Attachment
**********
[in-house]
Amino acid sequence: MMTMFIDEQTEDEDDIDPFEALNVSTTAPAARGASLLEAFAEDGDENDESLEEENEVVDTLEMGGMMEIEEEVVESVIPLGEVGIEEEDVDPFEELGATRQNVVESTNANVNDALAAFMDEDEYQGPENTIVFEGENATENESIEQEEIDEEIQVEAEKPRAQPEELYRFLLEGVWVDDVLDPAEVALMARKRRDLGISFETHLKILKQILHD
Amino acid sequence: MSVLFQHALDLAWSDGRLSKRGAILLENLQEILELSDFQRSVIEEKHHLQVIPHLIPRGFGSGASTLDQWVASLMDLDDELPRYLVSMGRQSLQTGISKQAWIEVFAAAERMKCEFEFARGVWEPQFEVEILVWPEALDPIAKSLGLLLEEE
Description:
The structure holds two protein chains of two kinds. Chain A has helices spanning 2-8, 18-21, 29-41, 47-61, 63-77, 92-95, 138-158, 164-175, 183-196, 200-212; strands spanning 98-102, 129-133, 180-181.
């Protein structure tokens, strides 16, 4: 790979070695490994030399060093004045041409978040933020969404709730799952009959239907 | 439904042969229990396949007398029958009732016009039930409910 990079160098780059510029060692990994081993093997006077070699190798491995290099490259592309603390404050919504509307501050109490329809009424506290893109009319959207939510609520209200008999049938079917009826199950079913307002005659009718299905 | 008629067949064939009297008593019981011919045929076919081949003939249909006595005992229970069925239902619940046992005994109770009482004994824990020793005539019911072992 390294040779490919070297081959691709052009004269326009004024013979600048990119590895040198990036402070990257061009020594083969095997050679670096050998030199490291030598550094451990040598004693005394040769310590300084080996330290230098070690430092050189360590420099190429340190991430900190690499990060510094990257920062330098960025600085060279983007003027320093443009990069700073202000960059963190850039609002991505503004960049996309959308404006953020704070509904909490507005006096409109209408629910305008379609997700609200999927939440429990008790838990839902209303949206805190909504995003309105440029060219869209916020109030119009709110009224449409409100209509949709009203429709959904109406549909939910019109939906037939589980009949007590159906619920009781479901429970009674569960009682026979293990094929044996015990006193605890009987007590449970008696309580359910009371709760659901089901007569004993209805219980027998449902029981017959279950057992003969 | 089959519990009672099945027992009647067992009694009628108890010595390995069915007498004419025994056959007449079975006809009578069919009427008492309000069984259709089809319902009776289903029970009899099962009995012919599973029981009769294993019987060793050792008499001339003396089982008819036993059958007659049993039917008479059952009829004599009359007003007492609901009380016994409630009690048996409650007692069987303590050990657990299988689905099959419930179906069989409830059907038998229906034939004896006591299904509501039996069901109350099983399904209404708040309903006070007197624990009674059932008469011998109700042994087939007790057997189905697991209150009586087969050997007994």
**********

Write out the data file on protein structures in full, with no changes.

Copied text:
[in-house]
Amino acid sequence: MMTMFIDEQTEDEDDIDPFEALNVSTTAPAARGASLLEAFAEDGDENDESLEEENEVVDTLEMGGMMEIEEEVVESVIPLGEVGIEEEDVDPFEELGATRQNVVESTNANVNDALAAFMDEDEYQGPENTIVFEGENATENESIEQEEIDEEIQVEAEKPRAQPEELYRFLLEGVWVDDVLDPAEVALMARKRRDLGISFETHLKILKQILHD
Amino acid sequence: MSVLFQHALDLAWSDGRLSKRGAILLENLQEILELSDFQRSVIEEKHHLQVIPHLIPRGFGSGASTLDQWVASLMDLDDELPRYLVSMGRQSLQTGISKQAWIEVFAAAERMKCEFEFARGVWEPQFEVEILVWPEALDPIAKSLGLLLEEE
Description:
The structure holds two protein chains of two kinds. Chain A has helices spanning 2-8, 18-21, 29-41, 47-61, 63-77, 92-95, 138-158, 164-175, 183-196, 200-212; strands spanning 98-102, 129-133, 180-181.
């Protein structure tokens, strides 16, 4: 790979070695490994030399060093004045041409978040933020969404709730799952009959239907 | 439904042969229990396949007398029958009732016009039930409910 990079160098780059510029060692990994081993093997006077070699190798491995290099490259592309603390404050919504509307501050109490329809009424506290893109009319959207939510609520209200008999049938079917009826199950079913307002005659009718299905 | 008629067949064939009297008593019981011919045929076919081949003939249909006595005992229970069925239902619940046992005994109770009482004994824990020793005539019911072992 390294040779490919070297081959691709052009004269326009004024013979600048990119590895040198990036402070990257061009020594083969095997050679670096050998030199490291030598550094451990040598004693005394040769310590300084080996330290230098070690430092050189360590420099190429340190991430900190690499990060510094990257920062330098960025600085060279983007003027320093443009990069700073202000960059963190850039609002991505503004960049996309959308404006953020704070509904909490507005006096409109209408629910305008379609997700609200999927939440429990008790838990839902209303949206805190909504995003309105440029060219869209916020109030119009709110009224449409409100209509949709009203429709959904109406549909939910019109939906037939589980009949007590159906619920009781479901429970009674569960009682026979293990094929044996015990006193605890009987007590449970008696309580359910009371709760659901089901007569004993209805219980027998449902029981017959279950057992003969 | 089959519990009672099945027992009647067992009694009628108890010595390995069915007498004419025994056959007449079975006809009578069919009427008492309000069984259709089809319902009776289903029970009899099962009995012919599973029981009769294993019987060793050792008499001339003396089982008819036993059958007659049993039917008479059952009829004599009359007003007492609901009380016994409630009690048996409650007692069987303590050990657990299988689905099959419930179906069989409830059907038998229906034939004896006591299904509501039996069901109350099983399904209404708040309903006070007197624990009674059932008469011998109700042994087939007790057997189905697991209150009586087969050997007994």